Gary “Litefoot” Davis is best known as the first Native American rap artist “Litefoot” and for his award-winning portrayal of Little Bear in The Indian In The Cupboard (1995).
An enrolled member of the Cherokee Nation, Gary was raised in Tulsa, Oklahoma by his parents, Gary and Olga Davis. Growing up, he spent an enormous amount of time with his father and grandparents, Roy and Helen Davis, who all worked together to run the family’s businesses. His upbringing instilled in him a strong work ethic and stoked his entrepreneurial spirit.
Gary founded Red Vinyl Records in 1992, recording 14 studio albums and headlining his own hip hop tours across North America. On his Reach the Rez Tour (2004-2005), he clocked 54,000 miles in a single year, the equivalent of driving around the Earth twice, to inspire and demonstrate to Native people living on reservations that possibilities exist if you believe in yourself, work hard and never quit until you accomplish your goals.
Gary has additionally starred in several feature films such as Kull The Conqueror (1997), Adaptation (2002), Mortal Kombat: Annihilation (1997), The Song of Hiawatha (1997), and John Steinbeck’s The Pearl (2001), and appeared on television programs such as House of Cards, CSI: Miami, Family Law and Any Day Now.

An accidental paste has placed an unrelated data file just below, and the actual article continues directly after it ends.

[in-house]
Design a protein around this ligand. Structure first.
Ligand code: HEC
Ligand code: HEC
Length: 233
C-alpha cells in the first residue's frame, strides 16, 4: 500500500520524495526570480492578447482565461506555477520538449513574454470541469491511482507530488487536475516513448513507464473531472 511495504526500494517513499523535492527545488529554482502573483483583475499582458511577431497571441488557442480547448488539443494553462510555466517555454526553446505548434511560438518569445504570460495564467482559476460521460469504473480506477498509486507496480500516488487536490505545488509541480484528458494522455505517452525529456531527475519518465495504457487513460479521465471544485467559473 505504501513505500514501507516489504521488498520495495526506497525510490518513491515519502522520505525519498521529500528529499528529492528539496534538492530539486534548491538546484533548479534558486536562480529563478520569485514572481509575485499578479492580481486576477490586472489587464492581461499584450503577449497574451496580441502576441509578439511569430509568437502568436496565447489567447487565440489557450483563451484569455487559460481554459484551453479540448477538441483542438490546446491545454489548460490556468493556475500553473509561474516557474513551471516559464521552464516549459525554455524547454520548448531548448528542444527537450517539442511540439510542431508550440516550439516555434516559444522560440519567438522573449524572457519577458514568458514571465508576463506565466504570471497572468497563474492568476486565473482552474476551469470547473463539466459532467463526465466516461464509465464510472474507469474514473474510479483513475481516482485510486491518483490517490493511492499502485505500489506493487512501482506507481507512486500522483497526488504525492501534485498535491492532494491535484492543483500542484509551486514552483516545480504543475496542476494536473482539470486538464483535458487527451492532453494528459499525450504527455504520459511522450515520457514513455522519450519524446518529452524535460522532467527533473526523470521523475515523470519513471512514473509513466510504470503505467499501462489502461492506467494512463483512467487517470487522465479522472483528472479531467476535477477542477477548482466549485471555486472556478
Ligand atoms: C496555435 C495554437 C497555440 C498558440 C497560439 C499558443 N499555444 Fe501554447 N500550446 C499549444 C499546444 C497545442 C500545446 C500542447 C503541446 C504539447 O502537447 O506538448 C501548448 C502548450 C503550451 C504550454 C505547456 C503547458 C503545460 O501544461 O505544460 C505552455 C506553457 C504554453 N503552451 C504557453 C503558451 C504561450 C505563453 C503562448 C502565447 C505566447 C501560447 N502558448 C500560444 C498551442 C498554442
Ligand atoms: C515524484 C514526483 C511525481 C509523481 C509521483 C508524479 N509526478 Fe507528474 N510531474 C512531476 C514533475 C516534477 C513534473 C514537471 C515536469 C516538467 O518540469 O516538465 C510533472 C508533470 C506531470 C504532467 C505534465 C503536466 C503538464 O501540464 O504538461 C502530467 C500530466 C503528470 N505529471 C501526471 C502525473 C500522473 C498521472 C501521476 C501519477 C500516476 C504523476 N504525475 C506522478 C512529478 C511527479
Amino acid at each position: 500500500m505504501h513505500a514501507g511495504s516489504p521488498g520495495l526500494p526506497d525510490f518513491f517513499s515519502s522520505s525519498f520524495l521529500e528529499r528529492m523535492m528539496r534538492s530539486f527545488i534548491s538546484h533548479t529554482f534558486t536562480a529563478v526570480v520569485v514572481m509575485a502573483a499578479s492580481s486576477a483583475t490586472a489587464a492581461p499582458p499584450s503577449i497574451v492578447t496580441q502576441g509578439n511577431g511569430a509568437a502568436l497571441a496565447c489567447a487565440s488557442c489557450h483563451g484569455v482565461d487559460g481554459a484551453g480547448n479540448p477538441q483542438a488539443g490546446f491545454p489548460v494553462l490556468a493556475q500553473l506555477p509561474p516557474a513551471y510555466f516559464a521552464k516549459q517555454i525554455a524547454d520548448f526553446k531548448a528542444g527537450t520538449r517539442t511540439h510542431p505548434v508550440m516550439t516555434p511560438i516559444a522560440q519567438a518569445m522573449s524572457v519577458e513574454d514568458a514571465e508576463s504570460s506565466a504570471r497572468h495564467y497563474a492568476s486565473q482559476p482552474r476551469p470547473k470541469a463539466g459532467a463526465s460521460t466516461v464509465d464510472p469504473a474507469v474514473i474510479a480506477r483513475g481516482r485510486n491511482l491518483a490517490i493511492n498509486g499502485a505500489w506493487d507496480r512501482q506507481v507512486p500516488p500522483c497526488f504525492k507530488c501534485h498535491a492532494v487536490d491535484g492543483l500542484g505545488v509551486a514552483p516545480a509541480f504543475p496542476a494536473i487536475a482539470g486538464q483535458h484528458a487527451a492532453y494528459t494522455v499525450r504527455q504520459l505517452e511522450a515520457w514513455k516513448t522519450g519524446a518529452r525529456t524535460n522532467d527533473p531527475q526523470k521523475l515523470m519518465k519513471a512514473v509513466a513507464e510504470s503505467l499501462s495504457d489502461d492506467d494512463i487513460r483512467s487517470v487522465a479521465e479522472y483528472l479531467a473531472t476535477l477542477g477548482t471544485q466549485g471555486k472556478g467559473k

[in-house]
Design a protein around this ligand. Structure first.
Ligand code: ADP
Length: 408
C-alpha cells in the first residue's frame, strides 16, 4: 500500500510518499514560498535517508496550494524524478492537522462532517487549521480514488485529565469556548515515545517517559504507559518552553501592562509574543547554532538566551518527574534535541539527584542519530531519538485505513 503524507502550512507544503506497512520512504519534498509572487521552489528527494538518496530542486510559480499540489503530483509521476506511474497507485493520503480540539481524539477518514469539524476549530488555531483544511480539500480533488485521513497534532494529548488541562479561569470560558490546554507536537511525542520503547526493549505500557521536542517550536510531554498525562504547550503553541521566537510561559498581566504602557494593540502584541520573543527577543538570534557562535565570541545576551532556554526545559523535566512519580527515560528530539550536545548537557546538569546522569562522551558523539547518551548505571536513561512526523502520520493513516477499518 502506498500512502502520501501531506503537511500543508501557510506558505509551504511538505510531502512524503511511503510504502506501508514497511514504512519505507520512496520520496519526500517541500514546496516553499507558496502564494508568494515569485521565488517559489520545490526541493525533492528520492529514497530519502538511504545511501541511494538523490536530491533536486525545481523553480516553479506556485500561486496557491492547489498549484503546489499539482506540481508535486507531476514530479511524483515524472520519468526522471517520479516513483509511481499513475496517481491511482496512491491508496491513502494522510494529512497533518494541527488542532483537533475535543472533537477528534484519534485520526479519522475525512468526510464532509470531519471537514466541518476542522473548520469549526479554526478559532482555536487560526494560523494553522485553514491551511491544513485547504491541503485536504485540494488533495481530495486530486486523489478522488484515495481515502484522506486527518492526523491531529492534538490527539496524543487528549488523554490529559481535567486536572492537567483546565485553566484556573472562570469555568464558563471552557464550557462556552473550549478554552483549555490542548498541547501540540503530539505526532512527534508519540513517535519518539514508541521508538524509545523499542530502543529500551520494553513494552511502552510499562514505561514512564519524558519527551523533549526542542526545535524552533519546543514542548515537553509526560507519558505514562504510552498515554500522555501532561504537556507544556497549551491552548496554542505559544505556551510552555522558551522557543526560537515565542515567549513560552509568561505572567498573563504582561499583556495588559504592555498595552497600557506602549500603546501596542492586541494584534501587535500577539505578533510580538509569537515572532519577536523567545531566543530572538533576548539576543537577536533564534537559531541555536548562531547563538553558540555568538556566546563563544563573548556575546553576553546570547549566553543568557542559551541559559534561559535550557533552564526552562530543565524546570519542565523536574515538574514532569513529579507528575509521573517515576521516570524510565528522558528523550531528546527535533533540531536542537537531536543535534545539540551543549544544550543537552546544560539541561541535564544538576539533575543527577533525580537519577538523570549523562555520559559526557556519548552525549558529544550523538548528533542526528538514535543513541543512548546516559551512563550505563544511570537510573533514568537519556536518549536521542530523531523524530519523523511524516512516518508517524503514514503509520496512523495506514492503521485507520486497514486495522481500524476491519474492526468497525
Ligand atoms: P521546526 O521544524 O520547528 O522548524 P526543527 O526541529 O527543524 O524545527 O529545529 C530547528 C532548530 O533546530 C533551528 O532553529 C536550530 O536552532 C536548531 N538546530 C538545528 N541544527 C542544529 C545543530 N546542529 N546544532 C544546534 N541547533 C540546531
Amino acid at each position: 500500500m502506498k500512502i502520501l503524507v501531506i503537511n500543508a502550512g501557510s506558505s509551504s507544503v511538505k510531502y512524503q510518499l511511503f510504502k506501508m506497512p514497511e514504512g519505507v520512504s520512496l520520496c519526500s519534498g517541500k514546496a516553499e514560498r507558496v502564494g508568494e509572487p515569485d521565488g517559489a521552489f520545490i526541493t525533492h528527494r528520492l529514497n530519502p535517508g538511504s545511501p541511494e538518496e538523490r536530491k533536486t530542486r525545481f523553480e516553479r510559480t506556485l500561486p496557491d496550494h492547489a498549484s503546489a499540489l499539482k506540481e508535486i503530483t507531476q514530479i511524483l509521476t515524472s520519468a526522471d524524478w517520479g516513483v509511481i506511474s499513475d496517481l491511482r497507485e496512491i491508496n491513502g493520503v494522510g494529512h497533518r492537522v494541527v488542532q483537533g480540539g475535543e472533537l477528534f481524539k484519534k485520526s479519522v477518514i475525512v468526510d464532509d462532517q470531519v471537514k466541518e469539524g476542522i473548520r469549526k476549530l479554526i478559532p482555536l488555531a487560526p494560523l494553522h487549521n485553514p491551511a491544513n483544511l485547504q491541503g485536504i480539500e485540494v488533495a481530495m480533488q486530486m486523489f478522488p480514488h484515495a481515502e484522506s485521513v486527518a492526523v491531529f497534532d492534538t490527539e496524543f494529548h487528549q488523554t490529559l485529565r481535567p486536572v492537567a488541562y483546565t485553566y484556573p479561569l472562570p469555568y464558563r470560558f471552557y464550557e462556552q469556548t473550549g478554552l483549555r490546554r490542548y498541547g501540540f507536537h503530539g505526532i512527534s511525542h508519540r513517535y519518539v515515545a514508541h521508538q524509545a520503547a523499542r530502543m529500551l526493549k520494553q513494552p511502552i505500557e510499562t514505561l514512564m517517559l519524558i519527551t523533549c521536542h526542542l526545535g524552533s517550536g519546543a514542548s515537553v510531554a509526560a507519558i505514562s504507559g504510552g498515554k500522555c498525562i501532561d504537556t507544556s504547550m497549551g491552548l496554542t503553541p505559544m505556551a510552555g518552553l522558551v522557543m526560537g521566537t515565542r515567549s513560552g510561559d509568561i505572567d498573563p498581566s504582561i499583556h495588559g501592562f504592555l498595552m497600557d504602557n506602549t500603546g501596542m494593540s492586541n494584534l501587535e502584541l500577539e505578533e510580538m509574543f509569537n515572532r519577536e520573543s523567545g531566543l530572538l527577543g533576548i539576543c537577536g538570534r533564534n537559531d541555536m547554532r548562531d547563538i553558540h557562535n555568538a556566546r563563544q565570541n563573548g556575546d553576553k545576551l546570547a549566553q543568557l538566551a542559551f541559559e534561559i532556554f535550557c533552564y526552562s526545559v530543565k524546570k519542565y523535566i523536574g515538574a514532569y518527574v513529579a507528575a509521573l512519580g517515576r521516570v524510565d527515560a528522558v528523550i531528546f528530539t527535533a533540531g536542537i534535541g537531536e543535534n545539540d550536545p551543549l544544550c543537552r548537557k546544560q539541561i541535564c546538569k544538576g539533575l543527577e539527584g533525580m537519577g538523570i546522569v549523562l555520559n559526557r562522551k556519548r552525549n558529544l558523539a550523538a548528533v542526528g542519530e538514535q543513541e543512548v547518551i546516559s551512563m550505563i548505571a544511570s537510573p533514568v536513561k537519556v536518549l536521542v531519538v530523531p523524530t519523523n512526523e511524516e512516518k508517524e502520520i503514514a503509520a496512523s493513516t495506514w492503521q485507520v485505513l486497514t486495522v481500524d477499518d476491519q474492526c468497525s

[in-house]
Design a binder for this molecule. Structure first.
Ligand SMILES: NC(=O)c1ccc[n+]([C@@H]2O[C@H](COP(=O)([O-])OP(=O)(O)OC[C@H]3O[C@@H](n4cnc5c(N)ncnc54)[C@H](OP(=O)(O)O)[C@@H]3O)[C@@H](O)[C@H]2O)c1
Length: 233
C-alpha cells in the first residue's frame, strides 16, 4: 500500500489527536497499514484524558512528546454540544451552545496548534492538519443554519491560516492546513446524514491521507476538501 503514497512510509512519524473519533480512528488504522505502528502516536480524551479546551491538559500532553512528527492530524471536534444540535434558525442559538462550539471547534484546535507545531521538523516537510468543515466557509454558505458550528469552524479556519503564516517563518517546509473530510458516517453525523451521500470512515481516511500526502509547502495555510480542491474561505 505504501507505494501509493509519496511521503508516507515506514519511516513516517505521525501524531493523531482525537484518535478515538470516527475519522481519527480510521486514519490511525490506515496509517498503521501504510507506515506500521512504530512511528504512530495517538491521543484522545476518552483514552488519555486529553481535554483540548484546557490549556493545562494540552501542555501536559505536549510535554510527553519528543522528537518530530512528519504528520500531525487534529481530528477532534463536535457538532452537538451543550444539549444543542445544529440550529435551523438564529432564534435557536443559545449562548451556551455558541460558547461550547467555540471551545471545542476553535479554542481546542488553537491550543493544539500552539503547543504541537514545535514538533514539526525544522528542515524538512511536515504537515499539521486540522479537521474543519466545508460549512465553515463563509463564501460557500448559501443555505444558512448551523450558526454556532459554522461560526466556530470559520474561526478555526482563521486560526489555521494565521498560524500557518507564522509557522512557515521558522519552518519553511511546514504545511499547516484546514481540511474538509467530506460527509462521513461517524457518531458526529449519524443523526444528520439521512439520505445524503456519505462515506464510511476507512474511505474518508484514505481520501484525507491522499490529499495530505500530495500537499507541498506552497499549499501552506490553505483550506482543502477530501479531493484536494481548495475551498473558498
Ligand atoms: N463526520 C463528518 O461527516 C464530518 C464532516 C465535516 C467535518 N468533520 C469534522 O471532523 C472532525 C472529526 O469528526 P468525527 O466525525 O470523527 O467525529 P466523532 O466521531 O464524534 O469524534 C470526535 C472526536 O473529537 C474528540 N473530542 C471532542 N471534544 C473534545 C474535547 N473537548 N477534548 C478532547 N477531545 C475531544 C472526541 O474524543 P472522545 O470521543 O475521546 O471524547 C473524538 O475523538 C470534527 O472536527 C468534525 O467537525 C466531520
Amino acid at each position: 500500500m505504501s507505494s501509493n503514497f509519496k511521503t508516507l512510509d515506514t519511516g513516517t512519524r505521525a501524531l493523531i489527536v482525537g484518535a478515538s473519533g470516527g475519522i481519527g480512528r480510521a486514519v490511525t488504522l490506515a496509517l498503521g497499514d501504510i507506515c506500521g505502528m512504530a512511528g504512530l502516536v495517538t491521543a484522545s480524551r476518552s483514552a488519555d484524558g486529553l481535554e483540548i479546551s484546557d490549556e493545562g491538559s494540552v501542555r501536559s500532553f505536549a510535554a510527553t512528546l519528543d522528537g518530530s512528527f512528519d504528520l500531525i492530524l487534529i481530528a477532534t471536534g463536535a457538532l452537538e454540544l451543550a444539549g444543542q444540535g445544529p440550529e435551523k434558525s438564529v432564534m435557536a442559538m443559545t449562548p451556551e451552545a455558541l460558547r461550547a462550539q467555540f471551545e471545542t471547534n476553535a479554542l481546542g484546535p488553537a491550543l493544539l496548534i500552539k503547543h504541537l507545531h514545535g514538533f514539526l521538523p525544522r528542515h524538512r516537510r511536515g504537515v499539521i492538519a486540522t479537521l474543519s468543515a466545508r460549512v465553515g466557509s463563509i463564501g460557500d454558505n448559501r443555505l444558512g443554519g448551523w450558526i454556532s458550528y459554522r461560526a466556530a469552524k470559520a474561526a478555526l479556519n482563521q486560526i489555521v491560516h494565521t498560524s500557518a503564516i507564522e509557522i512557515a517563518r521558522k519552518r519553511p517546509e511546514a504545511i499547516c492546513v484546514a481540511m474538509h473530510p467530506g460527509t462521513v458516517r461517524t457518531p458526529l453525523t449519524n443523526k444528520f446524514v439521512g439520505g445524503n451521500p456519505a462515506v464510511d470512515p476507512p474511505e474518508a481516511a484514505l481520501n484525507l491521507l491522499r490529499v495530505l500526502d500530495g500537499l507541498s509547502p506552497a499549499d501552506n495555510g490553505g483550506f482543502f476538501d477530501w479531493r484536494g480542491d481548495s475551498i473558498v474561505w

A prolific businessman and entrepreneur, Gary has helmed national business organizations, and additionally launched Native Business Magazine, Davis Strategy Group, Litefoot Enterprises, and Native Style Clothing-all of which he operates with his wife Carmen Davis. Together, they have three sons, Quannah, Sequoyah, and Qwnuseia.
As a public speaker, Gary motivates audiences nationwide to dispel self-doubt and ignite self-determination. He has delivered hundreds of keynotes for universities, corporations and organizations ranging from Amazon to the United States Navy. Gary has authored and self-published The Medicine of Prayer (2010), and will soon release his second self-published book entitled Reclaim Your Narrative.